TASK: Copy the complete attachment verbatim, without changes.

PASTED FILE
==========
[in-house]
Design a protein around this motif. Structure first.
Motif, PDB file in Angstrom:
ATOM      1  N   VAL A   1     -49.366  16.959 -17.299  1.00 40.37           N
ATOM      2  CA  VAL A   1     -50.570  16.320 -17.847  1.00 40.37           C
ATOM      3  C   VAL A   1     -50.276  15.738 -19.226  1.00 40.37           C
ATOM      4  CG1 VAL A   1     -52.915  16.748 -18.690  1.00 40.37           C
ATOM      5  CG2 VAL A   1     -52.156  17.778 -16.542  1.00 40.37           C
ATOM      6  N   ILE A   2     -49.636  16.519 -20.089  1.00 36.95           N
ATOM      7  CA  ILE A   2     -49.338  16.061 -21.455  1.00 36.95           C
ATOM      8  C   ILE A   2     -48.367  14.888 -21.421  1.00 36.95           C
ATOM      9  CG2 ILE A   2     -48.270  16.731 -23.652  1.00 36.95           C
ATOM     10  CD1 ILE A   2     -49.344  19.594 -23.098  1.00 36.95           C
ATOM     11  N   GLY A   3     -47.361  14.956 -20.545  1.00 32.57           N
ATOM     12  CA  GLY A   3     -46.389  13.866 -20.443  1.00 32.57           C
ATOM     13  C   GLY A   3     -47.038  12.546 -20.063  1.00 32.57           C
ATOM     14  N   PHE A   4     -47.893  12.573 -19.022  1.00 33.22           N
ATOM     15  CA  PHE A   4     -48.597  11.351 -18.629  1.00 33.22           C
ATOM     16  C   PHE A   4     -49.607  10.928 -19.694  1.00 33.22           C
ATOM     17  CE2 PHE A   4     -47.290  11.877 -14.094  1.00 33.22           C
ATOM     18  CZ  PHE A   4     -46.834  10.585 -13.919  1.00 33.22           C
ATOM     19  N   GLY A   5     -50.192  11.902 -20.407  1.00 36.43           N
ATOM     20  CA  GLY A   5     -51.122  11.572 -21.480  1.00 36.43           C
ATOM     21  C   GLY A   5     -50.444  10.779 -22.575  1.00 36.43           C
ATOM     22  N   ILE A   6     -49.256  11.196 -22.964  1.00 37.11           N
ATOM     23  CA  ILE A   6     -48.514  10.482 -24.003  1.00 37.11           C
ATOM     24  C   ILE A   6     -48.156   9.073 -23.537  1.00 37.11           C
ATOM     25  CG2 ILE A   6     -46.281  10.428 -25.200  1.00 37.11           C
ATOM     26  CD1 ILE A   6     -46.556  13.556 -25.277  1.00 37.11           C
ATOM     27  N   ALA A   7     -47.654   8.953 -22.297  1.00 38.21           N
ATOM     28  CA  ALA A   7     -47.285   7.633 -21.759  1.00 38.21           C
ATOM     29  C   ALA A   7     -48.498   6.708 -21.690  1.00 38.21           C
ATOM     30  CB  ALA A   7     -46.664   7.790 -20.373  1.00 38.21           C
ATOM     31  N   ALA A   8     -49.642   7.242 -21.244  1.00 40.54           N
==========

[in-house]
Design a protein around this motif. Structure first.
Motif, PDB file in Angstrom:
ATOM      1  N   VAL A   1     -49.366  16.959 -17.299  1.00 40.37           N
ATOM      2  CA  VAL A   1     -50.570  16.320 -17.847  1.00 40.37           C
ATOM      3  C   VAL A   1     -50.276  15.738 -19.226  1.00 40.37           C
ATOM      4  CG1 VAL A   1     -52.915  16.748 -18.690  1.00 40.37           C
ATOM      5  CG2 VAL A   1     -52.156  17.778 -16.542  1.00 40.37           C
ATOM      6  N   ILE A   2     -49.636  16.519 -20.089  1.00 36.95           N
ATOM      7  CA  ILE A   2     -49.338  16.061 -21.455  1.00 36.95           C
ATOM      8  C   ILE A   2     -48.367  14.888 -21.421  1.00 36.95           C
ATOM      9  CG2 ILE A   2     -48.270  16.731 -23.652  1.00 36.95           C
ATOM     10  CD1 ILE A   2     -49.344  19.594 -23.098  1.00 36.95           C
ATOM     11  N   GLY A   3     -47.361  14.956 -20.545  1.00 32.57           N
ATOM     12  CA  GLY A   3     -46.389  13.866 -20.443  1.00 32.57           C
ATOM     13  C   GLY A   3     -47.038  12.546 -20.063  1.00 32.57           C
ATOM     14  N   PHE A   4     -47.893  12.573 -19.022  1.00 33.22           N
ATOM     15  CA  PHE A   4     -48.597  11.351 -18.629  1.00 33.22           C
ATOM     16  C   PHE A   4     -49.607  10.928 -19.694  1.00 33.22           C
ATOM     17  CE2 PHE A   4     -47.290  11.877 -14.094  1.00 33.22           C
ATOM     18  CZ  PHE A   4     -46.834  10.585 -13.919  1.00 33.22           C
ATOM     19  N   GLY A   5     -50.192  11.902 -20.407  1.00 36.43           N
ATOM     20  CA  GLY A   5     -51.122  11.572 -21.480  1.00 36.43           C
ATOM     21  C   GLY A   5     -50.444  10.779 -22.575  1.00 36.43           C
ATOM     22  N   ILE A   6     -49.256  11.196 -22.964  1.00 37.11           N
ATOM     23  CA  ILE A   6     -48.514  10.482 -24.003  1.00 37.11           C
ATOM     24  C   ILE A   6     -48.156   9.073 -23.537  1.00 37.11           C
ATOM     25  CG2 ILE A   6     -46.281  10.428 -25.200  1.00 37.11           C
ATOM     26  CD1 ILE A   6     -46.556  13.556 -25.277  1.00 37.11           C
ATOM     27  N   ALA A   7     -47.654   8.953 -22.297  1.00 38.21           N
ATOM     28  CA  ALA A   7     -47.285   7.633 -21.759  1.00 38.21           C
ATOM     29  C   ALA A   7     -48.498   6.708 -21.690  1.00 38.21           C
ATOM     30  CB  ALA A   7     -46.664   7.790 -20.373  1.00 38.21           C
ATOM     31  N   ALA A   8     -49.642   7.242 -21.244  1.00 40.54           N